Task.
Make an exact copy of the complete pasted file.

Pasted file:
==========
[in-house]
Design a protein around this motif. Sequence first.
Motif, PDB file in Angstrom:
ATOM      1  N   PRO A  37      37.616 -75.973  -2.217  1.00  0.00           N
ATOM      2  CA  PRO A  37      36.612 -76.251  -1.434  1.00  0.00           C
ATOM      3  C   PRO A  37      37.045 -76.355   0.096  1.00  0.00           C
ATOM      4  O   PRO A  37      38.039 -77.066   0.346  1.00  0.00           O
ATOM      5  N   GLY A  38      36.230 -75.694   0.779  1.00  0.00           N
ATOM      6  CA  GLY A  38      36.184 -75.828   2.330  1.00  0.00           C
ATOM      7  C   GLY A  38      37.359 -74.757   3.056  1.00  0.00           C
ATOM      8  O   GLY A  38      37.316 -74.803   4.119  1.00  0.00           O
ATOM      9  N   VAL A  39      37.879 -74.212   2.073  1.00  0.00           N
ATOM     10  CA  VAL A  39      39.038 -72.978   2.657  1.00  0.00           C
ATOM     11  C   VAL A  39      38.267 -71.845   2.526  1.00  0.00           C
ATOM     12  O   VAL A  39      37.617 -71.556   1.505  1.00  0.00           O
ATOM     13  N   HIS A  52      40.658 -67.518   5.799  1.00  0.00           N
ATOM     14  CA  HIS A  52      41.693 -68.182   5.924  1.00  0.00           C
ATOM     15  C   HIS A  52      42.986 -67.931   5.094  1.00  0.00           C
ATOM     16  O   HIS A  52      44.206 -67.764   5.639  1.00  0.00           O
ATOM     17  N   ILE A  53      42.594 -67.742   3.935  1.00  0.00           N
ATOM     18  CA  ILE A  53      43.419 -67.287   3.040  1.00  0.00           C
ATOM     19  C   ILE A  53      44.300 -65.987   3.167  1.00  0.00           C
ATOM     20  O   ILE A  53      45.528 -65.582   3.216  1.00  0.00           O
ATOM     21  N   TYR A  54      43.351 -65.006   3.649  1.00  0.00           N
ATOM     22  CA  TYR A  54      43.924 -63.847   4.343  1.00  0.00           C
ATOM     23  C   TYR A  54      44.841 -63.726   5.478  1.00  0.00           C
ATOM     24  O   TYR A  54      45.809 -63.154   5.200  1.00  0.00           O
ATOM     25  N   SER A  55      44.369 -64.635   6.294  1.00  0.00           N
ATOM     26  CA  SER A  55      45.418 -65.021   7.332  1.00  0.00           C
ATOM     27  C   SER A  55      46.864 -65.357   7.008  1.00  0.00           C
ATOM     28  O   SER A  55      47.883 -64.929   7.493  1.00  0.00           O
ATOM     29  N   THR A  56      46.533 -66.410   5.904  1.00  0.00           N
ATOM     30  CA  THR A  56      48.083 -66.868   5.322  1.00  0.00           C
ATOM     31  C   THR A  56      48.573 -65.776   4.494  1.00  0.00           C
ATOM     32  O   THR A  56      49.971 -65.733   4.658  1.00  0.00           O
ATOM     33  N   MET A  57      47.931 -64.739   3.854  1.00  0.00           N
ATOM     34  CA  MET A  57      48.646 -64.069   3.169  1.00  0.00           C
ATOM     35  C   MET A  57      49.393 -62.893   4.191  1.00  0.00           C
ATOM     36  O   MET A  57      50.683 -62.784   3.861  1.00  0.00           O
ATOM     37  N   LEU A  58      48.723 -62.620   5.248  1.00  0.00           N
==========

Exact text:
[in-house]
Design a protein around this motif. Sequence first.
Motif, PDB file in Angstrom:
ATOM      1  N   PRO A  37      37.616 -75.973  -2.217  1.00  0.00           N
ATOM      2  CA  PRO A  37      36.612 -76.251  -1.434  1.00  0.00           C
ATOM      3  C   PRO A  37      37.045 -76.355   0.096  1.00  0.00           C
ATOM      4  O   PRO A  37      38.039 -77.066   0.346  1.00  0.00           O
ATOM      5  N   GLY A  38      36.230 -75.694   0.779  1.00  0.00           N
ATOM      6  CA  GLY A  38      36.184 -75.828   2.330  1.00  0.00           C
ATOM      7  C   GLY A  38      37.359 -74.757   3.056  1.00  0.00           C
ATOM      8  O   GLY A  38      37.316 -74.803   4.119  1.00  0.00           O
ATOM      9  N   VAL A  39      37.879 -74.212   2.073  1.00  0.00           N
ATOM     10  CA  VAL A  39      39.038 -72.978   2.657  1.00  0.00           C
ATOM     11  C   VAL A  39      38.267 -71.845   2.526  1.00  0.00           C
ATOM     12  O   VAL A  39      37.617 -71.556   1.505  1.00  0.00           O
ATOM     13  N   HIS A  52      40.658 -67.518   5.799  1.00  0.00           N
ATOM     14  CA  HIS A  52      41.693 -68.182   5.924  1.00  0.00           C
ATOM     15  C   HIS A  52      42.986 -67.931   5.094  1.00  0.00           C
ATOM     16  O   HIS A  52      44.206 -67.764   5.639  1.00  0.00           O
ATOM     17  N   ILE A  53      42.594 -67.742   3.935  1.00  0.00           N
ATOM     18  CA  ILE A  53      43.419 -67.287   3.040  1.00  0.00           C
ATOM     19  C   ILE A  53      44.300 -65.987   3.167  1.00  0.00           C
ATOM     20  O   ILE A  53      45.528 -65.582   3.216  1.00  0.00           O
ATOM     21  N   TYR A  54      43.351 -65.006   3.649  1.00  0.00           N
ATOM     22  CA  TYR A  54      43.924 -63.847   4.343  1.00  0.00           C
ATOM     23  C   TYR A  54      44.841 -63.726   5.478  1.00  0.00           C
ATOM     24  O   TYR A  54      45.809 -63.154   5.200  1.00  0.00           O
ATOM     25  N   SER A  55      44.369 -64.635   6.294  1.00  0.00           N
ATOM     26  CA  SER A  55      45.418 -65.021   7.332  1.00  0.00           C
ATOM     27  C   SER A  55      46.864 -65.357   7.008  1.00  0.00           C
ATOM     28  O   SER A  55      47.883 -64.929   7.493  1.00  0.00           O
ATOM     29  N   THR A  56      46.533 -66.410   5.904  1.00  0.00           N
ATOM     30  CA  THR A  56      48.083 -66.868   5.322  1.00  0.00           C
ATOM     31  C   THR A  56      48.573 -65.776   4.494  1.00  0.00           C
ATOM     32  O   THR A  56      49.971 -65.733   4.658  1.00  0.00           O
ATOM     33  N   MET A  57      47.931 -64.739   3.854  1.00  0.00           N
ATOM     34  CA  MET A  57      48.646 -64.069   3.169  1.00  0.00           C
ATOM     35  C   MET A  57      49.393 -62.893   4.191  1.00  0.00           C
ATOM     36  O   MET A  57      50.683 -62.784   3.861  1.00  0.00           O
ATOM     37  N   LEU A  58      48.723 -62.620   5.248  1.00  0.00           N